Algebraic Art: Mathematical Formalism and Victorian Culture

Algebraic Art: Mathematical Formalism and Victorian Culture

by Andrea K. Henderson

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Overview

Algebraic Art explores the invention of a peculiarly Victorian account of the nature and value of aesthetic form, and it traces that account to a surprising source: mathematics. The nineteenth century was a moment of extraordinary mathematical innovation, witnessing the development of non-Euclidean geometry, the revaluation of symbolic algebra, and the importation of mathematical language into philosophy. All these innovations sprang from a reconception of mathematics as a formal rather than a referential practice—as a means for describing relationships rather than quantities. For Victorian mathematicians, the value of a claim lay not in its capacity to describe the world but its internal coherence. This concern with formal structure produced a striking convergence between mathematics and aesthetics: geometers wrote fables, logicians reconceived symbolism, and physicists described reality as consisting of beautiful patterns. Artists, meanwhile, drawing upon the cultural prestige of mathematics, conceived their work as a 'science' of form, whether as lines in a painting, twinned characters in a novel, or wavelike stress patterns in a poem. Avant-garde photographs and paintings, fantastical novels like Flatland and Lewis Carroll's children's books, and experimental poetry by Swinburne, Rossetti, and Patmore created worlds governed by a rigorous internal logic even as they were pointedly unconcerned with reference or realist protocols. Algebraic Art shows that works we tend to regard as outliers to mainstream Victorian culture were expressions of a mathematical formalism that was central to Victorian knowledge production and that continues to shape our understanding of the significance of form.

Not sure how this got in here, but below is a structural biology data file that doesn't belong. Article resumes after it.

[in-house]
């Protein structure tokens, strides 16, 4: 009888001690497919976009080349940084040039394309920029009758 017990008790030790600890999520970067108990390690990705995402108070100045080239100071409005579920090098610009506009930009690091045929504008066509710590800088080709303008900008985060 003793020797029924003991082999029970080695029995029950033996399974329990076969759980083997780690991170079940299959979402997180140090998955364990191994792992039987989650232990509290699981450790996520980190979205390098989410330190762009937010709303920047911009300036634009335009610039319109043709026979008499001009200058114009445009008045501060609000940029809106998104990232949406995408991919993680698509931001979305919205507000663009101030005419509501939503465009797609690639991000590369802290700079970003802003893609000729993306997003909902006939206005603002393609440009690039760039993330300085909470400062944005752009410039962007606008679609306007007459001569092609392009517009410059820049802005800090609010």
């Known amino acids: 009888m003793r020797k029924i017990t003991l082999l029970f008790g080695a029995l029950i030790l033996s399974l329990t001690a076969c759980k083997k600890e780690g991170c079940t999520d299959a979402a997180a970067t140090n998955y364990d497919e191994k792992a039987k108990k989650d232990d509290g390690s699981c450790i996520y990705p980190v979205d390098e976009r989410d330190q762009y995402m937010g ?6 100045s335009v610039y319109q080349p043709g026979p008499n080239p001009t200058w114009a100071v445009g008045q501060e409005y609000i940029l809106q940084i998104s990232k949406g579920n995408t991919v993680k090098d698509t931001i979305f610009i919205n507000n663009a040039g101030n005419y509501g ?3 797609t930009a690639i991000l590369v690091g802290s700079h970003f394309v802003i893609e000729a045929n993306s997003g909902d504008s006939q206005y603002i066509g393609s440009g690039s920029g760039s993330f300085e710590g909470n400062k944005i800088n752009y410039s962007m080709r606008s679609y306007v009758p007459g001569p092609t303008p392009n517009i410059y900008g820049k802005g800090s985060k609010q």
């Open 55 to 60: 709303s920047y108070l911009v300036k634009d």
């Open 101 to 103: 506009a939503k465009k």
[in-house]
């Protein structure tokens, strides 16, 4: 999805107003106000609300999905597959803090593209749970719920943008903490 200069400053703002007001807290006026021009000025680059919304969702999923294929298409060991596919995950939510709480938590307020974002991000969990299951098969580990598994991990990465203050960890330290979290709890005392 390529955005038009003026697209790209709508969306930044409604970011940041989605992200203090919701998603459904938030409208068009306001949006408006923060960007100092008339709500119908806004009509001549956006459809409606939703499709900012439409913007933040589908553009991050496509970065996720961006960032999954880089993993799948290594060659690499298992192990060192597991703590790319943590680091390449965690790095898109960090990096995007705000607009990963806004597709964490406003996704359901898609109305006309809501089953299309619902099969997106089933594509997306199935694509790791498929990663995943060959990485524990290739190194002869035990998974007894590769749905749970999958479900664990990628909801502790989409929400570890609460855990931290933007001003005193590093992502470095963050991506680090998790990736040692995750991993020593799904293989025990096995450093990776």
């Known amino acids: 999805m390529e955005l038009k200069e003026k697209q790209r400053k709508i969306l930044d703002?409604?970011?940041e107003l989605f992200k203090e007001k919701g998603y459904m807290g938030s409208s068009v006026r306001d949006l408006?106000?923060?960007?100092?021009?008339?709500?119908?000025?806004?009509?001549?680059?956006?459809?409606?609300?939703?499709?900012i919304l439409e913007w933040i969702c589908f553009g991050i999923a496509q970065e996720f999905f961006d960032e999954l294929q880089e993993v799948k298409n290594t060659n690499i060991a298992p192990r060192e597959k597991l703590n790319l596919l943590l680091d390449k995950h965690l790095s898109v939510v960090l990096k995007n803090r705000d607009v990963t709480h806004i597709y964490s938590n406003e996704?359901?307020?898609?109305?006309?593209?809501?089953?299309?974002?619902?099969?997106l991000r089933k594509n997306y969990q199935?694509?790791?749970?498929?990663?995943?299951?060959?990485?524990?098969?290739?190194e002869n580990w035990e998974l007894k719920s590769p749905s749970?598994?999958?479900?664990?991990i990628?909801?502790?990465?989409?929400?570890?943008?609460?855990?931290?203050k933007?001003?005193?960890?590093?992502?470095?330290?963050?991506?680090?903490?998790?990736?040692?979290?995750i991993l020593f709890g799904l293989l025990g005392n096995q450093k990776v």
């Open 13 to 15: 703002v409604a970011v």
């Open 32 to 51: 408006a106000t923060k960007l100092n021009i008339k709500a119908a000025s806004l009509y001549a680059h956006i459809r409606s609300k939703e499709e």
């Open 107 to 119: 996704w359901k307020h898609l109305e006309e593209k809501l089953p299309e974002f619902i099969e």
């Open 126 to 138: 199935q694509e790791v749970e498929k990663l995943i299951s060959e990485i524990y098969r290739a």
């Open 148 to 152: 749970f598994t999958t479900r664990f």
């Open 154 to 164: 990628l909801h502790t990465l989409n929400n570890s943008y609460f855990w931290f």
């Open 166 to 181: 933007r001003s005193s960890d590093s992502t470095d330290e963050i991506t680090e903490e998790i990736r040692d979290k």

Product Details

ISBN-13: 9780192538062
Publisher: OUP Oxford
Publication date: 04/05/2018
Sold by: Barnes & Noble
Format: NOOK Book
Pages: 248
File size: 2 MB

About the Author

Andrea Henderson is Professor of English at the University of California, Irvine, where she has taught since 2002. She came to UCI after 11 years teaching at the University of Michigan. She received her B.A. from the University of Chicago in 1986, and her Ph.D. in English Literature from the University of Pennsylvania in 1991. Professor Henderson's research is centered on nineteenth-century British culture. She is the author of Romantic Identities: Varieties of Subjectivity, 1774-1830 (Cambridge University Press, 1996), Romanticism and the Painful Pleasures of Modern Life (Cambridge University Press, 2008), and articles on subjects ranging from eighteenth-century embryology to Victorian photography.

Table of Contents

Introduction
1. Geometry: Math for Math's Sake: Non-Euclidean Geometry and Aestheticism
2. Algebra: Symbolic Logic and the Logic of Symbolism
3. Analysis: Magic Mirrors: Formalist Realism in Victorian Photology and Photography
4. Analogy: The Physics and Poetics of Analogy
5. Invariant Forms: '[T]he bonds of verse' Form as Discipline
Coda: '[T]o bury Euclid deep in the living flesh'

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